SEAT Leon review - a Golf fighter at every level - SEAT Leon MPG and running costs

SEAT's Leon is much more than a Volkswagen Golf understudy

Evo rating
Price
from £20,000
  • Neat styling, spacious interior, tidy handling, economy
  • Interior a touch plain and dark, high rear boot lip

If fuel consumption and low emissions are your absolute priority then the SEAT Leon 1.6 TDI will fit the brief. It’s able to return decent economy figures, with an official combined result of 70.6mpg and CO2 emissions that dip down to 105g/km. That’s better than many of the best performing superminis can muster, and while real-world driving is likely to deliver economy in the 60s, that’s still pleasingly parsimonious in a family hatchback of this size.

That Ecomotive model might be the economy star but all the diesels offer seriously impressive consumption and emissions figures, with even the 181bhp 2.0 TDI able to muster an official 65.7mpg in manual form, or 60.1mpg as a DSG auto. In the real world you may not find too much difference between the 1.6 and 2.0-litre TDI units, as the 1.6 TDIs do require working a little harder than the larger engine, offsetting some of their benefits. We suspect evo readers would prefer to trade some on-paper benefits for the real-world thump of the 2.0 TDI and largely similar economy.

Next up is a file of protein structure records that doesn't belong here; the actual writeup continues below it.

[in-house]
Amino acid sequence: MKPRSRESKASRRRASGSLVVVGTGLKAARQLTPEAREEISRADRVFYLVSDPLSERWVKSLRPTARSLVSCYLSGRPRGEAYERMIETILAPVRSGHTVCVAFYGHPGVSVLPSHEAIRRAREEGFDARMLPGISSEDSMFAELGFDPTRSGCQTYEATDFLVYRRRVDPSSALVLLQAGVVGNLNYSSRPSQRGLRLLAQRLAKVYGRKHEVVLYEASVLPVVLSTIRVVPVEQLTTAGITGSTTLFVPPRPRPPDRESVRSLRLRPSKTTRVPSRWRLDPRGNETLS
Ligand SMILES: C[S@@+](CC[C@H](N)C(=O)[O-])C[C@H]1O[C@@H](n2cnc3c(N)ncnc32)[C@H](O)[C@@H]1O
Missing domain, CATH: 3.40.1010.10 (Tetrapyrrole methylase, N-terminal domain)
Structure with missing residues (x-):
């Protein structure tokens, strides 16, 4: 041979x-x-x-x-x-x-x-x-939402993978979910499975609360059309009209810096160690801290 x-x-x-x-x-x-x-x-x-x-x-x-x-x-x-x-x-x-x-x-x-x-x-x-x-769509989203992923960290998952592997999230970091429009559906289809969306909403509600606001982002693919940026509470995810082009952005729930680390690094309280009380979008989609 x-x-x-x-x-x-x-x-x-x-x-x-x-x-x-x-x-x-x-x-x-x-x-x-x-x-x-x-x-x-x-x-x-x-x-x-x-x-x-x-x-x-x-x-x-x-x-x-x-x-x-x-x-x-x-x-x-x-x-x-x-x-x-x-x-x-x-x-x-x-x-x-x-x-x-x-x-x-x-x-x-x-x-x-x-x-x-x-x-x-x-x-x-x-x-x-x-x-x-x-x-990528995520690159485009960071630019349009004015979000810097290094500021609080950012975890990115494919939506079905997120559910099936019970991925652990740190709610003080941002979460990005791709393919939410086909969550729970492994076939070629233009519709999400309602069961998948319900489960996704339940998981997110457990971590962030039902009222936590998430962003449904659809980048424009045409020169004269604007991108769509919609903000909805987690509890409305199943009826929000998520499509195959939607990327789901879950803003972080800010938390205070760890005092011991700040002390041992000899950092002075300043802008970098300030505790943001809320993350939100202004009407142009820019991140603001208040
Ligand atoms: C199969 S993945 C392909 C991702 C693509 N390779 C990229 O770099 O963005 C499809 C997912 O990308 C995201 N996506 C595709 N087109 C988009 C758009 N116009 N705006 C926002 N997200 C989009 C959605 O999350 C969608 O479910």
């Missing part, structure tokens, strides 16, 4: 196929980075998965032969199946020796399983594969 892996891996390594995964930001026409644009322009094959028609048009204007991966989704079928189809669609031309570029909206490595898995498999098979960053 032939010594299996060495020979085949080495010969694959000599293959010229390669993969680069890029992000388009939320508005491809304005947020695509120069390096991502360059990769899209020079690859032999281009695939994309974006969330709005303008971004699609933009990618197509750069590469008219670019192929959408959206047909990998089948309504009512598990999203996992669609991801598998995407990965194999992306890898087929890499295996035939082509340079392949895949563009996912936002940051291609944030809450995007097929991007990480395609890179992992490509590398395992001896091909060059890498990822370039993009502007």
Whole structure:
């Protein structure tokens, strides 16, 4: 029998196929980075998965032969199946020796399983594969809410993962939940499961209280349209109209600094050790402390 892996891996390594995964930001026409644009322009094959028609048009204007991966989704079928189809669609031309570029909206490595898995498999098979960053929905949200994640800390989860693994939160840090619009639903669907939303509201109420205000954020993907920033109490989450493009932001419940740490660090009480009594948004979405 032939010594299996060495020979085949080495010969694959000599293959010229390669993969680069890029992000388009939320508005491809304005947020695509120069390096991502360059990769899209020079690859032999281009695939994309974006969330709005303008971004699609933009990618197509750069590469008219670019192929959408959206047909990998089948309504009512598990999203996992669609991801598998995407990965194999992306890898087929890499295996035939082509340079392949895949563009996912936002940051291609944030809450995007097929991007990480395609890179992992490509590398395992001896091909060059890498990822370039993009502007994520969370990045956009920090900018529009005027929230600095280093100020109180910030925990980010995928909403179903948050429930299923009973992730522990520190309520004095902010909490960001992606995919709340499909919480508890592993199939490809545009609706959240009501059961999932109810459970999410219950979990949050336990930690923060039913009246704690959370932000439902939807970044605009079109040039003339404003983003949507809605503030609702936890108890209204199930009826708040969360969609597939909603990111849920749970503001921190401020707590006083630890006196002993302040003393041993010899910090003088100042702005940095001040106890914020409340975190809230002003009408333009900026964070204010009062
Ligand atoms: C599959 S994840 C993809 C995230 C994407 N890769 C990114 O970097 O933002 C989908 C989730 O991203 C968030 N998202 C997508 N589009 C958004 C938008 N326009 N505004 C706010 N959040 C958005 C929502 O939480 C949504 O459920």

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The petrol engines, while ultimately trailing their diesel relations in outright economy, can still muster up some impressive figures. Only the quickest and most powerful dip under 50mpg - and then only just, at 47.1mpg for the 1.8 TSI - with the 1.4 TSI ACT using cylinder deactivation technology to return a combined economy figure of 60.1mpg, along with 109g/km of CO2. The tax man may cometh, but he’ll not be filling his pockets too much from Leon owners. The new 1.0-litre three cylinder averages 64.2mpg on the combined run with Co2 emissions at 102g/km.

The warranty offer might not match the very best of its contemporaries, but three years and 60,000 miles is standard, while it’s possible to pay for up to 90,000 miles and five years. The Leon doesn't hold its value as well as its Golf or Audi relations, but it should perform at least as well, if not better, than other mainstream offerings, largely by virtue of its appealing design and plentiful standard equipment. Insurance groupings are competitive, too.

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